Whether you decide to focus on pressure cleaning or not, my goal is for this advice to be adaptable to either.

Good luck and let us know how it goes!


Good post @firstclassclean


I would say it depends on how long you have been cleaning windows, who taught you, and how vast your knowledge is regarding the tools of the window cleaning trade. Most guys I meet have vert little window cleaning experience, what knowledge and technique they do have usually comes from YouTube videos, which are basic at best, many of those videos teach wrong and/or bad ideas that find a window cleaner in a position he needs to be de-programed and re-learn his trade. I would say you need to gauge your level of knowledge and experience to determine if you are doing the type of window cleaning folks want to have as a repeat service. As for window cleaning in Ohio, I am West of Cleveland, I do not power wash, I do some gutters for a few little old ladies, and not really for money, just window cleaning, and there is a formula for success in our region that has us looking at many, many variables. Depending on where you live the travel time may be the bigger issue? Being next to Cleveland we have a high concentration of work in a small area, when you get out past the suburbs you have to travel greater distances to get the work done, if power washing brings in more money per trip than window cleaning that might be the best option?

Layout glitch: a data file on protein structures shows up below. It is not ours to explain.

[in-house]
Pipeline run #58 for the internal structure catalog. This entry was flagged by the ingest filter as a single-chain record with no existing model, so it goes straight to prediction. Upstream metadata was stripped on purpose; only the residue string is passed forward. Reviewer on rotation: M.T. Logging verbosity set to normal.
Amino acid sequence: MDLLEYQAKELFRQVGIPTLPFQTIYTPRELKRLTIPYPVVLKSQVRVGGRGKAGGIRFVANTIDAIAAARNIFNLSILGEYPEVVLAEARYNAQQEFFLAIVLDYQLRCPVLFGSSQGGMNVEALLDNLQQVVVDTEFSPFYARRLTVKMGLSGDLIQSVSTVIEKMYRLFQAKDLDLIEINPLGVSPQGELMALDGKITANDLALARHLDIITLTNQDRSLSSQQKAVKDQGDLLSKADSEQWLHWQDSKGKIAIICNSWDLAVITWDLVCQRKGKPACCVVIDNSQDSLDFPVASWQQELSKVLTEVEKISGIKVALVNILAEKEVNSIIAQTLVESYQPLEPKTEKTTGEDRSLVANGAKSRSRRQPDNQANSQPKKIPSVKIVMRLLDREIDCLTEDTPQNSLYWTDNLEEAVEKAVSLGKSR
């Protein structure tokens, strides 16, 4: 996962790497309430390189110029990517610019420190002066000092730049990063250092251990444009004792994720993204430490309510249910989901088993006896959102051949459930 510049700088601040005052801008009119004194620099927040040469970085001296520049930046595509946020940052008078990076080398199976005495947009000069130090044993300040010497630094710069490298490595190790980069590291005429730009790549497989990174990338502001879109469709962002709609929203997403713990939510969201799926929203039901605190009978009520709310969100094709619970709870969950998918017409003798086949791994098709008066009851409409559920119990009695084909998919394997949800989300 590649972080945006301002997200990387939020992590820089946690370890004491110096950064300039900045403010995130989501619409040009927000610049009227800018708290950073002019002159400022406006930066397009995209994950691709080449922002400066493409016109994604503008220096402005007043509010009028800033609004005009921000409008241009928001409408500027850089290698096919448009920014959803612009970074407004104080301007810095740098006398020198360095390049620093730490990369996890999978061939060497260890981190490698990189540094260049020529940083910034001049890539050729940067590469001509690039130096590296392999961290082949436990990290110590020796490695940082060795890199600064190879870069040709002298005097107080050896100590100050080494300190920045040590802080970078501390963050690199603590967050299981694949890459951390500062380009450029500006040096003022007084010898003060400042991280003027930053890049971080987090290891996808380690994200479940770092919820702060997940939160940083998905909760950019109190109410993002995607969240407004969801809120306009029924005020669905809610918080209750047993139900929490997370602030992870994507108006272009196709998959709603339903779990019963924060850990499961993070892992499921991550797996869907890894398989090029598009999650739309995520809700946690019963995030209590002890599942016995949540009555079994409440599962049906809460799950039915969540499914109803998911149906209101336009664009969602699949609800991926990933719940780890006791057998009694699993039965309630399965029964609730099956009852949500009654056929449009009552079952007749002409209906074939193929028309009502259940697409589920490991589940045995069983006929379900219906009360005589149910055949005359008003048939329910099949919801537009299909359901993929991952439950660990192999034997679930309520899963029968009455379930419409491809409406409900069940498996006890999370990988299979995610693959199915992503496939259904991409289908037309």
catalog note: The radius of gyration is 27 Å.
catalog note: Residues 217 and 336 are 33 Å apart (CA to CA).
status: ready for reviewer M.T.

Do what makes you happy! Our company offers PW and WC last summer we definitely did a lot more PW jobs than we have in the past. But the WC was still our primary. But like I said, do what makes you happy and the more money.


You would not be the first or the 1000 to make the transition.

How to pull it off is the real question and that depends on several factors.